Review: The Girl on Legare Street by Karen White

July 21, 2013 Reviews 0 Comments

Review: The Girl on Legare Street by Karen WhiteThe Girl on Legare Street by Karen White
Series: Tradd Street #2
Genres: Paranormal Mystery
Published by Penguin on 3 November 2009
Pages: 352
Reading Challenges: 2013 Bachelorette Challenge
Goodreads
One StarOne StarOne Star

 

Melanie has just got used to her Tradd Street house and her psychic powers but the arrival of her mother Ginnette after thirty-five years throws her into a tailspin. An evil spirit has emerged in Ginnette’s house and is quickly gaining strength. Melanie has to figure out what has upset the spirit and how to get rid of it.

Melanie unfortunately is still quite immature when it comes to relationships. She clings onto old hurts for far too long and resents her mother’s intrusion into her ordered, sterile life. I can understand that her mother’s ‘I needed to leave you in order to protect you’ was troubling but by the age of forty, I’d expect Melanie to have found a way to address these issues. She was after all able to forgive her alcoholic father during the course of the last novel. The romance between Melanie and Jack hit a number of potholes as Jack got tired of Melanie holding him at arm’s length. I can’t say that I blame him for wanting to be with someone who enjoys his company but the resulting interactions between him and Melanie were really awkward. The almost kisses are incredibly annoying, as is the characters pointing out to each other they almost kissed and counting the number of times it almost happened. I wouldn’t mind this if the book was about teenagers but these people are in their forties. A little emotional intelligence would have gone a long way.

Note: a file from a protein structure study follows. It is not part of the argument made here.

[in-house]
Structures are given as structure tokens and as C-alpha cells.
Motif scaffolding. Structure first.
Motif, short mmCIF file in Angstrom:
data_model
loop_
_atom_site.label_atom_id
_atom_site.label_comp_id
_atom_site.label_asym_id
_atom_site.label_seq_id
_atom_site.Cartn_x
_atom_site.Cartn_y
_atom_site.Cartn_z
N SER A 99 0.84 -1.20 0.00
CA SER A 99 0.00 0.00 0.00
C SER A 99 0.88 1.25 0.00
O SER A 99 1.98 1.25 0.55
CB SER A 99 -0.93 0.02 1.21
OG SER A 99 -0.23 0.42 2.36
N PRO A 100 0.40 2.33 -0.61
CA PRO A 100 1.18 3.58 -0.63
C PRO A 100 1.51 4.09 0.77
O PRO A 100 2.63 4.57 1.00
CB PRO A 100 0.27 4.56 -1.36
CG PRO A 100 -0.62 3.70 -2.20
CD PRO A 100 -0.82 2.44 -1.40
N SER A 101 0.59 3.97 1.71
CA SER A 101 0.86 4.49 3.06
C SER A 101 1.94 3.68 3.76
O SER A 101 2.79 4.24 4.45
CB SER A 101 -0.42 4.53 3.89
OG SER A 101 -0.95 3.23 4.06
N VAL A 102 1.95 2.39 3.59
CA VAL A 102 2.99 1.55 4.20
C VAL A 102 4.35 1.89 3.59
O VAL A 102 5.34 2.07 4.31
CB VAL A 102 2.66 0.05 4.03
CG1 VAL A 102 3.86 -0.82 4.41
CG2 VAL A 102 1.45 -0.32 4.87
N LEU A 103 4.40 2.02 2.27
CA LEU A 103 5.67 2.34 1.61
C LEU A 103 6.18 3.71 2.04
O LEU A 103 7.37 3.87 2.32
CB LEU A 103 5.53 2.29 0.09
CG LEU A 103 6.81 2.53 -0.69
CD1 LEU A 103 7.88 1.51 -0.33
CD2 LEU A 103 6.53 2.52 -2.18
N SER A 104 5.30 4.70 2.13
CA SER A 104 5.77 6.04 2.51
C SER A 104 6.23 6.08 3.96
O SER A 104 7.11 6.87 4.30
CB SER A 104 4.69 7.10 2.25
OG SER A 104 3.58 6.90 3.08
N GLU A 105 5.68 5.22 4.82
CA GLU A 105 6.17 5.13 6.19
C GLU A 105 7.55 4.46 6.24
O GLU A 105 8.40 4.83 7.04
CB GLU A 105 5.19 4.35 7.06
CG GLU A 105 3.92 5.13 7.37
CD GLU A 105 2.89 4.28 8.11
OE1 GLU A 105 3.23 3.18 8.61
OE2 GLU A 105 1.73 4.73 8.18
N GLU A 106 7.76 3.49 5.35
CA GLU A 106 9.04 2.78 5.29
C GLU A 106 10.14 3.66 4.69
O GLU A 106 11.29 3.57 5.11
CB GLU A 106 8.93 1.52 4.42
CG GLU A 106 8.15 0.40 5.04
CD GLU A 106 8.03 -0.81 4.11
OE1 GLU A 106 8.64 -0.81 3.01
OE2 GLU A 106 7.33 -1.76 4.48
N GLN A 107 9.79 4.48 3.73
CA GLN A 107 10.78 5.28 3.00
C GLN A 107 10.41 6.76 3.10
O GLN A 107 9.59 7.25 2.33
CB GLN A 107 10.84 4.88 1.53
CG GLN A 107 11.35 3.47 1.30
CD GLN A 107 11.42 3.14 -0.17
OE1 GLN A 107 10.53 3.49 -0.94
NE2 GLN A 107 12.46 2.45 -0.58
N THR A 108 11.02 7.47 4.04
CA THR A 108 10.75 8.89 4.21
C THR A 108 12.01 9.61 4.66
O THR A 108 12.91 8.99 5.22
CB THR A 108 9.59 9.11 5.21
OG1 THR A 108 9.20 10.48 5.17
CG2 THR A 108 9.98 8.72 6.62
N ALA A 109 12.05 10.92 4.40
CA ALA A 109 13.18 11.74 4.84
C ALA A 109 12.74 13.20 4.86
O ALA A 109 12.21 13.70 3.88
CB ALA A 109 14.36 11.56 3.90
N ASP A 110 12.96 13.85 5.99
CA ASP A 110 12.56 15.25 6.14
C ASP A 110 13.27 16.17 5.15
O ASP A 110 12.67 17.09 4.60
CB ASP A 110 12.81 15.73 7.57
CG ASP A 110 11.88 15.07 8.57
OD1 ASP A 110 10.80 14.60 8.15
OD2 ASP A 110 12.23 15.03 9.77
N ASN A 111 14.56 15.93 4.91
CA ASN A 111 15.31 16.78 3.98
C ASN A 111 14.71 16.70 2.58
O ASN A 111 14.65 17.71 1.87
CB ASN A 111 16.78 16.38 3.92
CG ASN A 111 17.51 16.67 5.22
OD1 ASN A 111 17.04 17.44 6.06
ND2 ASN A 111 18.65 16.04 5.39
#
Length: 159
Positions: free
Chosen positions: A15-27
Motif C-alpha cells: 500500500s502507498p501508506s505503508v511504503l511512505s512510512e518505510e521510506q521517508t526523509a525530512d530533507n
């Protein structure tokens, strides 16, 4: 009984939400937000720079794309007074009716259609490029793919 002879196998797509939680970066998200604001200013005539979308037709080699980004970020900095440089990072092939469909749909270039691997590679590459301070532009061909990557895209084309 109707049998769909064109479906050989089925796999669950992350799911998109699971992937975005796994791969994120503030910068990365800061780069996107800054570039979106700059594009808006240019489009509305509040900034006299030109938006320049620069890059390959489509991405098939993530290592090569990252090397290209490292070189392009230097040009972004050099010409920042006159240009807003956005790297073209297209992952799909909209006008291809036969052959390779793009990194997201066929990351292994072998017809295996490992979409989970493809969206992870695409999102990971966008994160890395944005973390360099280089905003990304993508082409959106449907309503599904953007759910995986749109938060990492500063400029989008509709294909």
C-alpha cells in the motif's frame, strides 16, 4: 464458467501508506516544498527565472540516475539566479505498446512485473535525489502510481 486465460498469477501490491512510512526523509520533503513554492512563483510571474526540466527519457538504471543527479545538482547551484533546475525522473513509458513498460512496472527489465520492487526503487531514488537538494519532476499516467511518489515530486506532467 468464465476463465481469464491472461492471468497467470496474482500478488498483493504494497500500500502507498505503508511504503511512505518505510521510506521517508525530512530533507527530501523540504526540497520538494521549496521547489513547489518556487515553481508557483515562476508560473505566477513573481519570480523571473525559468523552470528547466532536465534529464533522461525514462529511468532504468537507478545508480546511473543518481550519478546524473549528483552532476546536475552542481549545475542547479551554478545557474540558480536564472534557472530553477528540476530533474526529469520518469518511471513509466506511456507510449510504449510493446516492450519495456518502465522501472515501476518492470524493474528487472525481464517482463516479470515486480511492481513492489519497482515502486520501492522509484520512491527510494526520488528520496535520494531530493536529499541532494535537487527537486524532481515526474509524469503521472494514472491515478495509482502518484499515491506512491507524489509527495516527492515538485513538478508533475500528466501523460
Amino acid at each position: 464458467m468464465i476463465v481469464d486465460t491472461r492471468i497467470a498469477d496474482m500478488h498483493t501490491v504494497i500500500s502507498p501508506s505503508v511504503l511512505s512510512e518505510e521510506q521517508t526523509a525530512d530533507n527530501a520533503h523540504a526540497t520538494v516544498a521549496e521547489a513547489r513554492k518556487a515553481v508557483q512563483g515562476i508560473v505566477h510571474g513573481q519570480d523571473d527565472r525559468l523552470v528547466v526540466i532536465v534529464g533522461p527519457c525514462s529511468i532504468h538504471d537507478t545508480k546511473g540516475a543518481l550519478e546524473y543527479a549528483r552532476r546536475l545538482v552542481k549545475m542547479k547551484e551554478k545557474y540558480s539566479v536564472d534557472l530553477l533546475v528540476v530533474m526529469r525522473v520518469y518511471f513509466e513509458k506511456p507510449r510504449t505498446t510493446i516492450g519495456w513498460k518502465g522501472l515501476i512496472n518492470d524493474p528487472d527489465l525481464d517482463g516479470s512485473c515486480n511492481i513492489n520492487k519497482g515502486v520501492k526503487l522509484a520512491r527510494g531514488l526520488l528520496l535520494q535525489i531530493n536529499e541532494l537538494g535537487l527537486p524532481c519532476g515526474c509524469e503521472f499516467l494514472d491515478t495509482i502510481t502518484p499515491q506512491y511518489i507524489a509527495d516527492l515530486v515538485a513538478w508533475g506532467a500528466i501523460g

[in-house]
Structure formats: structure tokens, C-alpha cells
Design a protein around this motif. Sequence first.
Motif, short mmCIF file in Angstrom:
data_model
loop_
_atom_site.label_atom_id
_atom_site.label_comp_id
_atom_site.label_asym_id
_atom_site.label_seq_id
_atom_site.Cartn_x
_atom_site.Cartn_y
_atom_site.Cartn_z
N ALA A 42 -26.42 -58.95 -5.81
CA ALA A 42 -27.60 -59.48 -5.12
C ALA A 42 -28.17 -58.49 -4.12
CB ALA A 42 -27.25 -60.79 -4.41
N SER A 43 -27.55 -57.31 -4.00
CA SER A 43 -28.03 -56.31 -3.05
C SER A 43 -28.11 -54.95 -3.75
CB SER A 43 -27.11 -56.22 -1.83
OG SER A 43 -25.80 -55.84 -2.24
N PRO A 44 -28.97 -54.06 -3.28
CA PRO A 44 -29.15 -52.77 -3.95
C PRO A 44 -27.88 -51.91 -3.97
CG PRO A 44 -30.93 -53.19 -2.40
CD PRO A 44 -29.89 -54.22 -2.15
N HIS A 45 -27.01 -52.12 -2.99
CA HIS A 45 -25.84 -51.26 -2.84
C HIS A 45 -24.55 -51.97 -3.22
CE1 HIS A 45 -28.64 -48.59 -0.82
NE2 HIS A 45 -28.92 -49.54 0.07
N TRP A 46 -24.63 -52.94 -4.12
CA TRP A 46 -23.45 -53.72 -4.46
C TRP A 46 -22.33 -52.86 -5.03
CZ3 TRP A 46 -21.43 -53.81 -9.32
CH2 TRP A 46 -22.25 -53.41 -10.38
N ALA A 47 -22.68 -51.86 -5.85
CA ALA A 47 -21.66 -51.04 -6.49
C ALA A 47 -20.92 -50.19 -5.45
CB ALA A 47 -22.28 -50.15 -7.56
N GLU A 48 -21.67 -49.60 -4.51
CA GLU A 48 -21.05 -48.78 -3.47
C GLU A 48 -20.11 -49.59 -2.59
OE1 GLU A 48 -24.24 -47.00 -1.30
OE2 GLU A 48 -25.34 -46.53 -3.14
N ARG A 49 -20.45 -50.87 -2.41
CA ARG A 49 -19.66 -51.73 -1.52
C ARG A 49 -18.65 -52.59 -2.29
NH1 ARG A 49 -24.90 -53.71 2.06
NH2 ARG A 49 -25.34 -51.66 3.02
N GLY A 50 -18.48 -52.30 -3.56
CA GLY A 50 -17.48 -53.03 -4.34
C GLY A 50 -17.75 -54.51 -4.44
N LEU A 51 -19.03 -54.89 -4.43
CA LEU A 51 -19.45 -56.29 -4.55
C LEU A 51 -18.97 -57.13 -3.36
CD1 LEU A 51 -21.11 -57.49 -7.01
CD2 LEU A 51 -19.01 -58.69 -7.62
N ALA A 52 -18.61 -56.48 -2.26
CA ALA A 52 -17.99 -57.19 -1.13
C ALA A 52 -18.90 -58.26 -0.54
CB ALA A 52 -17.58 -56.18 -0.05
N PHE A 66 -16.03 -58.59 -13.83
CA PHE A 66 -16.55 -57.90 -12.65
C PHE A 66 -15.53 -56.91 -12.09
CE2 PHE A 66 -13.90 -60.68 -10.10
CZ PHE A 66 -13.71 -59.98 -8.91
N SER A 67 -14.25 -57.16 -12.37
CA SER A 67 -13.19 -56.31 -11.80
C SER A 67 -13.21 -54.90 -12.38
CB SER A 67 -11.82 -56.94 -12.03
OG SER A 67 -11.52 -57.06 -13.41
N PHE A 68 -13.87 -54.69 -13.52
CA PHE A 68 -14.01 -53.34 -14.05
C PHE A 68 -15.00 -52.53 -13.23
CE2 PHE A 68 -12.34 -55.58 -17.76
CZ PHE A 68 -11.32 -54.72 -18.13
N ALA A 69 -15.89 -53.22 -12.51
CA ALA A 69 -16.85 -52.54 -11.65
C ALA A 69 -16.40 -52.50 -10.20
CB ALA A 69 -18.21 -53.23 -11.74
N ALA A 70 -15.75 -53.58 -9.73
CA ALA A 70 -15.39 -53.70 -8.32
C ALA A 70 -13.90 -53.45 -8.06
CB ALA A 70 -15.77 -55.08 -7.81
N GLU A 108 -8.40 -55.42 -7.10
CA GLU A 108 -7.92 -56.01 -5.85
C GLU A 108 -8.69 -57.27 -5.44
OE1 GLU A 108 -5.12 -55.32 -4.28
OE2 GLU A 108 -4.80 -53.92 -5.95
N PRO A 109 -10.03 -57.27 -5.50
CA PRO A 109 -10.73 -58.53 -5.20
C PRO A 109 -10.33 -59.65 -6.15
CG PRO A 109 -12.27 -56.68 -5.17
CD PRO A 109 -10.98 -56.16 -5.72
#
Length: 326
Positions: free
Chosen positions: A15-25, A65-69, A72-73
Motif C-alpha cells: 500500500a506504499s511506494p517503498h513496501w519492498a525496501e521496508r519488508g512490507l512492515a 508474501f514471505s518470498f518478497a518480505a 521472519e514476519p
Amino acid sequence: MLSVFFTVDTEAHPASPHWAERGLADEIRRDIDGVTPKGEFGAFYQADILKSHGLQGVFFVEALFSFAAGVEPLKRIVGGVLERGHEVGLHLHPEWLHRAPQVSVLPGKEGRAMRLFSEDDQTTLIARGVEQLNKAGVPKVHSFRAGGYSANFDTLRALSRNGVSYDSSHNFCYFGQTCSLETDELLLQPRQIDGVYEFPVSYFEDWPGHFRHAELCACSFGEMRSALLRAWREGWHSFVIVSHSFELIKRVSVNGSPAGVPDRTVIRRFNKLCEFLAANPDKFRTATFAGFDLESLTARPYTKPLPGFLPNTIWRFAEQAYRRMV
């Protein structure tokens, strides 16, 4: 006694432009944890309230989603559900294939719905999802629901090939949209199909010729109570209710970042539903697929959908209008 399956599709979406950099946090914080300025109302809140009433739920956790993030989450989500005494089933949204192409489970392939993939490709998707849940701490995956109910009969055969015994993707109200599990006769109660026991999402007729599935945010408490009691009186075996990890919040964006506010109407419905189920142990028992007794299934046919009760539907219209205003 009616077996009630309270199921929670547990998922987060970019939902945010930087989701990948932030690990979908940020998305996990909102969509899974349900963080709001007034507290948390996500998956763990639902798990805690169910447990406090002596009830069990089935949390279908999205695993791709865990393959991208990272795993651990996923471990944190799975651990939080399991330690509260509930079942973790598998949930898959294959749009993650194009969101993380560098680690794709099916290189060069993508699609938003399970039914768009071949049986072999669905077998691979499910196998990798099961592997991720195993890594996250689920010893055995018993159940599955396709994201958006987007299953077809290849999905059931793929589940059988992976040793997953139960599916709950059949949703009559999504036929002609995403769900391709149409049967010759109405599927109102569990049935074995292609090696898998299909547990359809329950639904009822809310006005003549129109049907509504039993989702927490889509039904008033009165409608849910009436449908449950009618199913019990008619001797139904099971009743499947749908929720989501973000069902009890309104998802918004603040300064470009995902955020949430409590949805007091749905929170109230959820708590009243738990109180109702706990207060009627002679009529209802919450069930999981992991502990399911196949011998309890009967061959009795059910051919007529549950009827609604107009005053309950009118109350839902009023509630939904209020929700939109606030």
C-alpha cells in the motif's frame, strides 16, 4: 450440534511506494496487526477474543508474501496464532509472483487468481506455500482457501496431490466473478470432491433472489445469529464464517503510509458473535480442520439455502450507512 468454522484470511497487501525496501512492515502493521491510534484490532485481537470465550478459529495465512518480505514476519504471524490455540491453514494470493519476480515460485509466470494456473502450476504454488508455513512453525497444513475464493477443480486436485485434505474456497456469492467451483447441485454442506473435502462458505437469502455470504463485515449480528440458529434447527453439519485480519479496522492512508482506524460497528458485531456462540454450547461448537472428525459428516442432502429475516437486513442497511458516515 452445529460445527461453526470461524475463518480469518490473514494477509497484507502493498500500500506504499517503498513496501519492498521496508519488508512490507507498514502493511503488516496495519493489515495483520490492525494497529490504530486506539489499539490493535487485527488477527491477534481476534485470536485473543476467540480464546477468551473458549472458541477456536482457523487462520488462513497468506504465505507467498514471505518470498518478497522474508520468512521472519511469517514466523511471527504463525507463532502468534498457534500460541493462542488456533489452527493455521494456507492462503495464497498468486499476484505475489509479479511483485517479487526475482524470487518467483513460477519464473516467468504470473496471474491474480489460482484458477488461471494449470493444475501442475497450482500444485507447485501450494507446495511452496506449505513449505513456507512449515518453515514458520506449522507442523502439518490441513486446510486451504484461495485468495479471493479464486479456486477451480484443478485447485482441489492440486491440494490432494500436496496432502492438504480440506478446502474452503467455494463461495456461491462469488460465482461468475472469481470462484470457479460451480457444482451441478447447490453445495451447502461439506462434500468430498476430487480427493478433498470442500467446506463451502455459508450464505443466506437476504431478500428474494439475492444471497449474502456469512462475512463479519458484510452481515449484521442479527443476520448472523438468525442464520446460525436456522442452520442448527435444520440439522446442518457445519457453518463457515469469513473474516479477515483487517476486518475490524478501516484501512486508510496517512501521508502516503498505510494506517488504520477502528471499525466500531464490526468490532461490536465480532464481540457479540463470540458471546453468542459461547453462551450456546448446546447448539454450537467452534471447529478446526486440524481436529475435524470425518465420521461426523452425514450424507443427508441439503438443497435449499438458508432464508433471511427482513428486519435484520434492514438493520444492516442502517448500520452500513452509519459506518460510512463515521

Like the previous novel, the main mystery wasn’t that hard to solve. White repeats information about clues several times to ensure all of her readers can follow along. I didn’t need that many reminders and at times I found the hand-holding frustrating. I did enjoy however the creepier tone and the insight into the ghosts’ past lives.  Melanie’s soldier stood out for me and although his tale was fairly tragic, he continued to serve and protect. A number of phrases and actions are repeated ad nauseum e.g. throwing away glasses so you don’t look old and then needing to squint to read, elegant shrugs, raising eyebrows etc. The end of the novel clearly set things up for the next in the series.

The mystery isn’t that bad even though it comes with neon signs pointing out the important bits and I genuinely enjoyed the ghost side of things. I am finding it harder and harder though to engage with the series because Melanie is just so unpleasant and juvenile.

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